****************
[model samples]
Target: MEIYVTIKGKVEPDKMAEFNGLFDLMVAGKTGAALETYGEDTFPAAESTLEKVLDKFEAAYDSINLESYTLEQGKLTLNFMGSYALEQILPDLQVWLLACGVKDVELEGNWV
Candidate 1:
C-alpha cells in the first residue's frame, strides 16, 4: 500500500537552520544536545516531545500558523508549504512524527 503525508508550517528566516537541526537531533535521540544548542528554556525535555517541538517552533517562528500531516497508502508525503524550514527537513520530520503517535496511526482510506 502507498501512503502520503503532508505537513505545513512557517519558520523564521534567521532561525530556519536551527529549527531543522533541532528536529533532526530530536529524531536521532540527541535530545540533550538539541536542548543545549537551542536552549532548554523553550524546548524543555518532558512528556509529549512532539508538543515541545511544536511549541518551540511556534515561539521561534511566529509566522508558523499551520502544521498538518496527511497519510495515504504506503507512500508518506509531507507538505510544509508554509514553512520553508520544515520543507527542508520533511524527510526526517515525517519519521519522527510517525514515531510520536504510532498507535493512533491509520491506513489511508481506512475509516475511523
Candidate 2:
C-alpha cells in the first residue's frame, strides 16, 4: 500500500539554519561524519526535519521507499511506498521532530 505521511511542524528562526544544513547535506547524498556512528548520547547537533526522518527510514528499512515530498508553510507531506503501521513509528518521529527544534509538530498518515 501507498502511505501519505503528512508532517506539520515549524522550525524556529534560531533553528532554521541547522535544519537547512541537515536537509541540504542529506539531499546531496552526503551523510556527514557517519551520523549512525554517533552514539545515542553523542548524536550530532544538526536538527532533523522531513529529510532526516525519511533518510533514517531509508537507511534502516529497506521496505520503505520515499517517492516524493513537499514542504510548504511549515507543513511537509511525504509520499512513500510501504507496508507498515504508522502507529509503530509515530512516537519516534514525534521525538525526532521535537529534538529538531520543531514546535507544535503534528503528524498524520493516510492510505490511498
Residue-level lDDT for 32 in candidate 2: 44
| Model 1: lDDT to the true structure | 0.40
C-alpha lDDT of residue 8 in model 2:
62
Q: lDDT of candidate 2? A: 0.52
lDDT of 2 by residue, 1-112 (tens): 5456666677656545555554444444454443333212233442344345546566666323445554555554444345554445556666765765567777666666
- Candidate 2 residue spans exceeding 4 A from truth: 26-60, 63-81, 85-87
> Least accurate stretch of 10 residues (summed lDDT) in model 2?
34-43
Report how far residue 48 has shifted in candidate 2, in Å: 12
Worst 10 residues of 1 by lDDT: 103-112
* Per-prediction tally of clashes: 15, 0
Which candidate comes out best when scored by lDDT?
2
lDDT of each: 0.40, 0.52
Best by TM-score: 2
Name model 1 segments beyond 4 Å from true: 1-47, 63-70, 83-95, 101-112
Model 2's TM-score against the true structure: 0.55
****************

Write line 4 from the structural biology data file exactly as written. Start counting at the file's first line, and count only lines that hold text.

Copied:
C-alpha cells in the first residue's frame, strides 16, 4: 500500500537552520544536545516531545500558523508549504512524527 503525508508550517528566516537541526537531533535521540544548542528554556525535555517541538517552533517562528500531516497508502508525503524550514527537513520530520503517535496511526482510506 502507498501512503502520503503532508505537513505545513512557517519558520523564521534567521532561525530556519536551527529549527531543522533541532528536529533532526530530536529524531536521532540527541535530545540533550538539541536542548543545549537551542536552549532548554523553550524546548524543555518532558512528556509529549512532539508538543515541545511544536511549541518551540511556534515561539521561534511566529509566522508558523499551520502544521498538518496527511497519510495515504504506503507512500508518506509531507507538505510544509508554509514553512520553508520544515520543507527542508520533511524527510526526517515525517519519521519522527510517525514515531510520536504510532498507535493512533491509520491506513489511508481506512475509516475511523